The Protective Effect of Humanin Derivative AGA(C8R)-HNG17 Against Acetaminophen-Induced Liver Injury in Mice

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Abstract

Until recently, necrotic cells death was considered an uncontrolled process. However, evidence was recently presented that necrosis is a regulated process associated with many clinical conditions. Humanin and its derivatives are peptides known for their anti-apoptotic activity against Alzheimer’s disease. Recently, the humanin-derivative AGA(C8R)-HNG17 (PAGASRLLLLTGEIDLP) was found to have protective effect against necrosis in traumatic brain injury model in mice. We have demonstrated now the protective effect of AGA(C8R)-HNG17 against necrosis in a dose dependent manner in HepG2 cells in vitro, where necrosis was induced in a glucose-free medium by chemohypoxia. Moreover, it was further demonstrated in a model of acetaminophen-induced liver injury in C57BL/6J male mice, in vivo. Intraperitoneal administration of the peptide at 10 and 30 mg/kg significantly prevented the increase in two plasma markers for necrosis, alanine aminotransferase (ALT, EC 2.6.1.2) and aspartate aminotransferase (AST, EC 2.6.1.1). Mitochondrial dysfunction is known to be the main cause of hepatic failure. Hence, the protection from liver injury by AGA(C8R)-HNG17, which we have recently found to target the mitochondria, may be mediated by mitochondrial regulation. Currently, there is no effective treatment for liver diseases, in which necrosis is involved. These findings may provide a new anti-necrotic strategy against APAP-induced liver injury and other liver diseases associated with necrosis using AGA(C8R)-HNG17 as a therapeutic agent.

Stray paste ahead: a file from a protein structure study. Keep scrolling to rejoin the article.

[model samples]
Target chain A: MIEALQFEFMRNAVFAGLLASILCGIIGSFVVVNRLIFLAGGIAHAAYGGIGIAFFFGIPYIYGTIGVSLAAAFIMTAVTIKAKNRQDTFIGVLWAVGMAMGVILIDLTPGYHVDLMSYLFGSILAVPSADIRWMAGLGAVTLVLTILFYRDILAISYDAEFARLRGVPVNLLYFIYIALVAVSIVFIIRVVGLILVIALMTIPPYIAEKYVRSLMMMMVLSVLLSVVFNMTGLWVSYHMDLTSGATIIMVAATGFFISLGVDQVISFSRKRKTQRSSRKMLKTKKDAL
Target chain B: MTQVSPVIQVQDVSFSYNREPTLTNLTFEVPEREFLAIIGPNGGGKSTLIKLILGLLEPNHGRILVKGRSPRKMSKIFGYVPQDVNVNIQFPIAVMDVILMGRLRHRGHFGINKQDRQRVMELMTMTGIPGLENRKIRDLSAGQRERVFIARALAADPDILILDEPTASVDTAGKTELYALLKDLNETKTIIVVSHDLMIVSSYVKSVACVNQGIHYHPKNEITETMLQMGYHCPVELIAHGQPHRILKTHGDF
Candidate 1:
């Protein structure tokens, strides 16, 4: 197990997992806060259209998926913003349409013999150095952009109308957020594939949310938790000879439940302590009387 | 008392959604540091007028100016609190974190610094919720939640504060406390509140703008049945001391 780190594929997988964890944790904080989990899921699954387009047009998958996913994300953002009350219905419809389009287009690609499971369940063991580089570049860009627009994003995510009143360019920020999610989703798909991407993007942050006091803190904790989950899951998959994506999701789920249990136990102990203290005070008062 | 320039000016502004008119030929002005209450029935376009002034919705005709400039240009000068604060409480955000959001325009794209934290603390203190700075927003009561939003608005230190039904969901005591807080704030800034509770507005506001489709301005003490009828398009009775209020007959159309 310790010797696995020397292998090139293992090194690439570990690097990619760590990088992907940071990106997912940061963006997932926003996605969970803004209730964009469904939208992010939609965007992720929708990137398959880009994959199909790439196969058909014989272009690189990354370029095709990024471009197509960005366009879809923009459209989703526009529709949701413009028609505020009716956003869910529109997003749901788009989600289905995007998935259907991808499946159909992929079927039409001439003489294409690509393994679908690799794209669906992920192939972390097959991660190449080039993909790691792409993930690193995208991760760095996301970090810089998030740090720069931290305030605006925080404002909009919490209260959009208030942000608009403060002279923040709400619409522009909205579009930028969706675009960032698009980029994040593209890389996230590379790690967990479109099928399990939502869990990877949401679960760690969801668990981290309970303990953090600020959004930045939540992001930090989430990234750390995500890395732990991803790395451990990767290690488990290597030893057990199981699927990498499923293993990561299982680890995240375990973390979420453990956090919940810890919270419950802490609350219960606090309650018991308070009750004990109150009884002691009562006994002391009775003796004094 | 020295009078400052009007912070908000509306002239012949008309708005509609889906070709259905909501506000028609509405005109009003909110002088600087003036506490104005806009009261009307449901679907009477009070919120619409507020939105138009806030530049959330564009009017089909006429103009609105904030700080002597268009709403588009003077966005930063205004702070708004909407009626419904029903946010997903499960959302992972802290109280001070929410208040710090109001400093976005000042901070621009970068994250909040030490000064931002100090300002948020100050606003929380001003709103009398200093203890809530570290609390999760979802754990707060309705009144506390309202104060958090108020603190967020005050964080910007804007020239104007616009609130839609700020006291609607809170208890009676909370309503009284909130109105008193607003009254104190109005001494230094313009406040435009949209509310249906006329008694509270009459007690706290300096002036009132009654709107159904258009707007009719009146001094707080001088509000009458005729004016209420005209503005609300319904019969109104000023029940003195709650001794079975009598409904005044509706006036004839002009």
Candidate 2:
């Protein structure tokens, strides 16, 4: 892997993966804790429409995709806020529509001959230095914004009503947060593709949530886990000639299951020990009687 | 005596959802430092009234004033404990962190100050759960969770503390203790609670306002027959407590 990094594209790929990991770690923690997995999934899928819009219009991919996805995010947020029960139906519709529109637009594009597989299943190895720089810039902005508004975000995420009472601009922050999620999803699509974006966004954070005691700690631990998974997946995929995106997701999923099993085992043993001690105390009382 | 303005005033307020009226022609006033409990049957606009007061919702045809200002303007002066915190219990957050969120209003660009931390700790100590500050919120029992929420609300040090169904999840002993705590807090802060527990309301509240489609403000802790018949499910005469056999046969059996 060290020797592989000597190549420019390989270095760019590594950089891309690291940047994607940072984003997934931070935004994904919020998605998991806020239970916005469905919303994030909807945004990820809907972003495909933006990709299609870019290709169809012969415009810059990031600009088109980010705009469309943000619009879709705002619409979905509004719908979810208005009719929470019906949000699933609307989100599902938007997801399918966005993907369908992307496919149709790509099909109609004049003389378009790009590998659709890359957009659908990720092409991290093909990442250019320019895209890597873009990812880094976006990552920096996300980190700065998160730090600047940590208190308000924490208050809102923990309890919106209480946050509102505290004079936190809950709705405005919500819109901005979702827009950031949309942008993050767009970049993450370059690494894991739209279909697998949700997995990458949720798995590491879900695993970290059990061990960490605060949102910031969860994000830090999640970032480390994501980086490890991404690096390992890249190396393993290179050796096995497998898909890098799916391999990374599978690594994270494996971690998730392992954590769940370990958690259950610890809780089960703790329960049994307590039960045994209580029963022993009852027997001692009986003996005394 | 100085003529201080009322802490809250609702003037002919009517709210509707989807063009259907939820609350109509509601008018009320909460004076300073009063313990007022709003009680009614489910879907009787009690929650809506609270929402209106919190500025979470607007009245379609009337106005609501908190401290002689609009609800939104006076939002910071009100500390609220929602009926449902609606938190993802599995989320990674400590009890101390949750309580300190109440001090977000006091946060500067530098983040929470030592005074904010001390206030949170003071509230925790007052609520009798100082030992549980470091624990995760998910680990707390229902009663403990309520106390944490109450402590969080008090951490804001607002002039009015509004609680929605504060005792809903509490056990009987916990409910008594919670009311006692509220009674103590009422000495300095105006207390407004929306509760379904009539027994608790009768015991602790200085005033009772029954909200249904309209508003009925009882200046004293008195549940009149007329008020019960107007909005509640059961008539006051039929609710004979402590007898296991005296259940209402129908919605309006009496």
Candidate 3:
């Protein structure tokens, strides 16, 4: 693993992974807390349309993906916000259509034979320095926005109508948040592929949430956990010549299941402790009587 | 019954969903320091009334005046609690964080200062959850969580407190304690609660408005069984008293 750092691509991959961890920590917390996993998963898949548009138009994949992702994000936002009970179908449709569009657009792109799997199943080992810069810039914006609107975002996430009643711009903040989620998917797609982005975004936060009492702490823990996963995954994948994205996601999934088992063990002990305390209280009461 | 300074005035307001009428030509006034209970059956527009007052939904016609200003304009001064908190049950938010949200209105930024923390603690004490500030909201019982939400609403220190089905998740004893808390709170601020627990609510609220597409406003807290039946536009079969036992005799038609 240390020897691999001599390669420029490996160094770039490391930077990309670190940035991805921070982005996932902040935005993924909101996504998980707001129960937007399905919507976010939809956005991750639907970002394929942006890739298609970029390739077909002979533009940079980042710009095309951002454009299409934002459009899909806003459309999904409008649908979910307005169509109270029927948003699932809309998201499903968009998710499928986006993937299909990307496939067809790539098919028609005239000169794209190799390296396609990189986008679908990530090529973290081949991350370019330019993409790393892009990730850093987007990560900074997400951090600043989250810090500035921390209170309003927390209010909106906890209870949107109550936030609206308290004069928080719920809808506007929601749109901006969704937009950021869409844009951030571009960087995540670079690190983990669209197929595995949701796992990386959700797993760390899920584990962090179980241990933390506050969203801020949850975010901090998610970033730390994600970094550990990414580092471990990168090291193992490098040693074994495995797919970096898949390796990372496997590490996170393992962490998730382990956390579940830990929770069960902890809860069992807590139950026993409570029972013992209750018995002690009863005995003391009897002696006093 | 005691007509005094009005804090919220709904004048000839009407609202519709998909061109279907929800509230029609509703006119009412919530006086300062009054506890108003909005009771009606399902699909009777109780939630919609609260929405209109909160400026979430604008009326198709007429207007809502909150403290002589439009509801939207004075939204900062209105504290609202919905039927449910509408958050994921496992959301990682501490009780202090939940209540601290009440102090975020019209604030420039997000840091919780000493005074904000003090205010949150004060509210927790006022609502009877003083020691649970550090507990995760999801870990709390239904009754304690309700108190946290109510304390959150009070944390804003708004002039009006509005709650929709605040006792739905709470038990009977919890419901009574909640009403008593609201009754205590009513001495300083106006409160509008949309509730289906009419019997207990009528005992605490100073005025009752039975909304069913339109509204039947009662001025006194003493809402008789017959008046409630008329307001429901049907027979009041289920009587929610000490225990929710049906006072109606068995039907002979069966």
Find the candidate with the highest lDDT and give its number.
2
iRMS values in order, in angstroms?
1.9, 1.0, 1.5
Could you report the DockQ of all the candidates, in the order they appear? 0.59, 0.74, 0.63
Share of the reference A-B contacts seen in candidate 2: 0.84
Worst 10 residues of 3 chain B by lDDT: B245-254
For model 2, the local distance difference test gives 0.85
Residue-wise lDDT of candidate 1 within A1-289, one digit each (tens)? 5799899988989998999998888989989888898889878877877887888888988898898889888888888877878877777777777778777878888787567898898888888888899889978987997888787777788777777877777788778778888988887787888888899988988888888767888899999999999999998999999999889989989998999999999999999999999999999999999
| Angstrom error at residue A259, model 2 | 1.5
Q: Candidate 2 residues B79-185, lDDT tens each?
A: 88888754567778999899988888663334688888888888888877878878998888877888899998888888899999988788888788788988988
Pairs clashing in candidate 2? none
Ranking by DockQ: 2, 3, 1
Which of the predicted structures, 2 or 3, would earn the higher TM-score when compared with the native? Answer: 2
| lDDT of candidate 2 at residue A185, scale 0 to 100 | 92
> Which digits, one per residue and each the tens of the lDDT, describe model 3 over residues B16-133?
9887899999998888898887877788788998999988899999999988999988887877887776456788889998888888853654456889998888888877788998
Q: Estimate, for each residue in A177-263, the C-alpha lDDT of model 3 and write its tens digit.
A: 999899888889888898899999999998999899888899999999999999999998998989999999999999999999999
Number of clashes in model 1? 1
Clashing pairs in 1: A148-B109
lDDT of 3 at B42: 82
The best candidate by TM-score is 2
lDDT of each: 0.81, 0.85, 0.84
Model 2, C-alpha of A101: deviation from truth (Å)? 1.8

Keywords

Necrosis Liver Humanin Hepatotoxicity Acetaminophen 

Notes

Acknowledgements

The authors thank Dr. Mark M Karpasas and Lina Saveliev from the Analytical Research Services Unit, Ben Gurion University of the Negev, for mass spectrometric analysis of the peptide, and Dr. Nurit Hadad for her help in the in vivo experiments. The financial support of the Kamin Program from the Chief Scientist of the Ministry of Economy of Israel (to AH Parola, I Nathan, and R Kasher), the James-Frank Center for Laser-Matter Interaction (to AH Parola), the Edmund Safra Foundation for Functional Bio-polymer, the New-York University Shanghai (NYUSH) research grant (to AH Parola), the Lyonel Israels’ Chair Fund (I Nathan), and the Pratt postdoctoral fellowships (to Meridor D. and Khalfin B.) are gratefully acknowledged.

Compliance with Ethical Standards

Conflict of interest

The authors declare that they have no conflict of interest.

Ethical Approval

All animal procedures and care techniques were approved by the Ben-Gurion University of the Negev Committee for the Ethical Care and Use of Animals in Research.

Research Involving Human and Animal Participants

This article does not contain any studies with human participants performed by any of the authors.

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© Springer Science+Business Media, LLC, part of Springer Nature 2018

Authors and Affiliations

  1. 1.Department of Chemistry, The Faculty of Natural SciencesBen-Gurion University of the NegevBeershebaIsrael
  2. 2.Department of Clinical Biochemistry and Pharmacology, The Faculty of Health SciencesBen-Gurion University of the NegevBeershebaIsrael
  3. 3.Department of Desalination and Water Treatment, Zuckerberg Institute for Water Research, The Blaustein Institutes for Desert ResearchBen-Gurion University of the NegevMidreshet Ben-GurionIsrael
  4. 4.Institute of HematologySoroka University Medical CenterBeershebaIsrael
  5. 5.Visiting Professor of Biophysical Chemistry, Director of Natural SciencesNYU-ShanghaiShanghaiPeople’s Republic of China

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